Canadian Bar Association Releases Legal Futures Initiative Consultation Report
The CBA undertook a broad consultation of the legal profession and other stakeholders starting in June 2013:
"Between June 2013 and January 2014, the Legal Futures Initiative distributed personalized correspondence inviting comment from over three hundred institutions and organizations, presented to audiences both internationally and within Canada, coordinated in-person consultations with stakeholder groups, and led vibrant discussions through twitter and through content published on the Legal Futures Initiative’s website (...)"The Legal Futures Initiative will present its comprehensive report with recommendations in August of 2014.
"Responses to the consultation demonstrated two over-arching perspectives: those who believe that change is happening in the legal profession, and those who doubt that transformative change is occurring or that there are compelling reasons to meet that change. The respondents who cautioned against the need for change often expressed strong support for the public policy reasons underlying lawyers’ existing regulatory regimes; similarly, they voiced reservations about liberalizing business structures for fear of creating more 'Big Law' while compromising the ability to lawyer in the public interest or for under-served practice areas like family and criminal defence law. Respondents holding opposing views took a different perspective on lawyers’ responsibilities towards the public; these respondents indicated that the various means by which clients are demanding changes to legal services are proof that the profession needs to genuinely transform itself from the inside out to retain the public’s trust."
"The consultation feedback also unearthed different perspectives as some topics engaged reﬂections on the past and the present, whereas others were more conducive to imagining future possibilities. The Legal Futures Initiative’s questions on education garnered feedback on the cost, length, and form of law school education, as well as on the utility of post-call training, but largely in reference to respondents’ own experiences. Innovating within one’s practice structure, or through re-structuring legal service delivery, was a better vehicle for respondents to identify their visions of the future. Imbued throughout the consultation were questions of whether – and how – regulators can support innovation in the profession, and how regulators would ensure lawyers’ continued professionalism in new business structures. Finally, an underlying theme was the composition of today’s profession: who within the profession can take advantage of these innovations, which segments of the profession bear the burden of reform, and what cautions and opportunities arise from applying the dual lenses of diversity/ inclusivity and access to justice to future innovations."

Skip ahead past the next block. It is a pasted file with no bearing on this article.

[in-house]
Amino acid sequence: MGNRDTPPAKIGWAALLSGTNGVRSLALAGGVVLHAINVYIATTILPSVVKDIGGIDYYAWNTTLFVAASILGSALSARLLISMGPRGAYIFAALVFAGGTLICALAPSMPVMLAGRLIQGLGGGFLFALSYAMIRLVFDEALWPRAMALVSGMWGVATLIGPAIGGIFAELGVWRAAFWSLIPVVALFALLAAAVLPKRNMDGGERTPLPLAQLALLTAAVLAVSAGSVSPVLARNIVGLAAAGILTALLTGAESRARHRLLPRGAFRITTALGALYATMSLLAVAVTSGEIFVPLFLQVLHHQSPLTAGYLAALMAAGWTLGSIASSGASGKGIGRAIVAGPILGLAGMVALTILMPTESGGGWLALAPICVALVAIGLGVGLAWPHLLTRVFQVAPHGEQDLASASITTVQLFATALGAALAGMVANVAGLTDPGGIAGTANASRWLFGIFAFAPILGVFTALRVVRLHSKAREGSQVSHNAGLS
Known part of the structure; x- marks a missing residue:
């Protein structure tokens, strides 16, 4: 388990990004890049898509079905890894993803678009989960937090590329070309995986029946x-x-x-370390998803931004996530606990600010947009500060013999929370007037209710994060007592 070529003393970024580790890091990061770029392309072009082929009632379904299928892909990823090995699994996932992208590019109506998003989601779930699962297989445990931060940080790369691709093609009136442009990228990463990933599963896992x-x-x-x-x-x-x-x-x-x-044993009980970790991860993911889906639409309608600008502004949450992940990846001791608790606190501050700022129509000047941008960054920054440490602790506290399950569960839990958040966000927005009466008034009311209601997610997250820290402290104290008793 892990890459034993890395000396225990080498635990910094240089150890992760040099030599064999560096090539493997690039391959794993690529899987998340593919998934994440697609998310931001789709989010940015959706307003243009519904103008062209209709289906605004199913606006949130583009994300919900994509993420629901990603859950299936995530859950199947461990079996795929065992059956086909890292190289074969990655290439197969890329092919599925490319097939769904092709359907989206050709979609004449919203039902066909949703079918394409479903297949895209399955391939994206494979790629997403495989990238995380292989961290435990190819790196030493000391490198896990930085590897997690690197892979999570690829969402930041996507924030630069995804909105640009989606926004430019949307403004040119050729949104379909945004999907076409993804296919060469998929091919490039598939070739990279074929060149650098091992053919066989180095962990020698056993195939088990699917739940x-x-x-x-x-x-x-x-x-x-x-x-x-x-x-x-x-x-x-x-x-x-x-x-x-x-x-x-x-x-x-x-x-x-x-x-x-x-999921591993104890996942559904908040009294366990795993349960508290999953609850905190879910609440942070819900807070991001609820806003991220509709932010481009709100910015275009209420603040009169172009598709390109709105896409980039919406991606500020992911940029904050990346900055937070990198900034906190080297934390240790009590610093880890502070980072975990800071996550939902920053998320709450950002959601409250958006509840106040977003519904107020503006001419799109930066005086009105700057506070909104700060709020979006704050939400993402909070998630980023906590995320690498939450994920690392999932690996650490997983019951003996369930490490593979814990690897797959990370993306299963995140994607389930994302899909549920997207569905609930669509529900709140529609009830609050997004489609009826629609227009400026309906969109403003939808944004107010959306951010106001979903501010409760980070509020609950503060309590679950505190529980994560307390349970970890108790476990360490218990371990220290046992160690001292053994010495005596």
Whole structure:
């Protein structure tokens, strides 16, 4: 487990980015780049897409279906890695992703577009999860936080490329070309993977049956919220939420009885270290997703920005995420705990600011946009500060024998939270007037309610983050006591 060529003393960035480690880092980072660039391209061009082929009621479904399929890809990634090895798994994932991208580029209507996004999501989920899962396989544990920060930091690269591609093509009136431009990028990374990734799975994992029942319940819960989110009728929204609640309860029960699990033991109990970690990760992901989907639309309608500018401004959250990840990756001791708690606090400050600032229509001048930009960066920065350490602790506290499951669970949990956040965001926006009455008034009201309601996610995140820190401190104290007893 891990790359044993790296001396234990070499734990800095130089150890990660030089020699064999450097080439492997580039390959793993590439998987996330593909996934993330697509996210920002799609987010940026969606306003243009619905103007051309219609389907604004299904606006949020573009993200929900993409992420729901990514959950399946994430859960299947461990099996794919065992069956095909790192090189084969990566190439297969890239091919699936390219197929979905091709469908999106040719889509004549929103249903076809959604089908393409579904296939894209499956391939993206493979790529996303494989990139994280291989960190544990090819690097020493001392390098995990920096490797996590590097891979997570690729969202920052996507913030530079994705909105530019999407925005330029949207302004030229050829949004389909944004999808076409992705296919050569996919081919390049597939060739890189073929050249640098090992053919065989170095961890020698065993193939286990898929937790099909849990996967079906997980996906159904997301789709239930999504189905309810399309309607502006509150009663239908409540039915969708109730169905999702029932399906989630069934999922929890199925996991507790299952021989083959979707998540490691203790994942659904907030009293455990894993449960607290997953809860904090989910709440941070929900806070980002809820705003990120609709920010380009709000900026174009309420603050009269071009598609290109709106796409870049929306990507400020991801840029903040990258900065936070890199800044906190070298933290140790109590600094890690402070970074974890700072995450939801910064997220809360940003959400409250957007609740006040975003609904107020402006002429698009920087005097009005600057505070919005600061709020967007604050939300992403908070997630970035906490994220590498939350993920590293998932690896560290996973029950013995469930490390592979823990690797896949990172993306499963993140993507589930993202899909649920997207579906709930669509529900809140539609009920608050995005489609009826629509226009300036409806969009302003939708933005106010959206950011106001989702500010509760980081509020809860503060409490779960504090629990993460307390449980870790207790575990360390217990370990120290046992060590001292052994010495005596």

"In whole, the consultation illuminated a single reality: there really is no consensus on the future of the legal profession."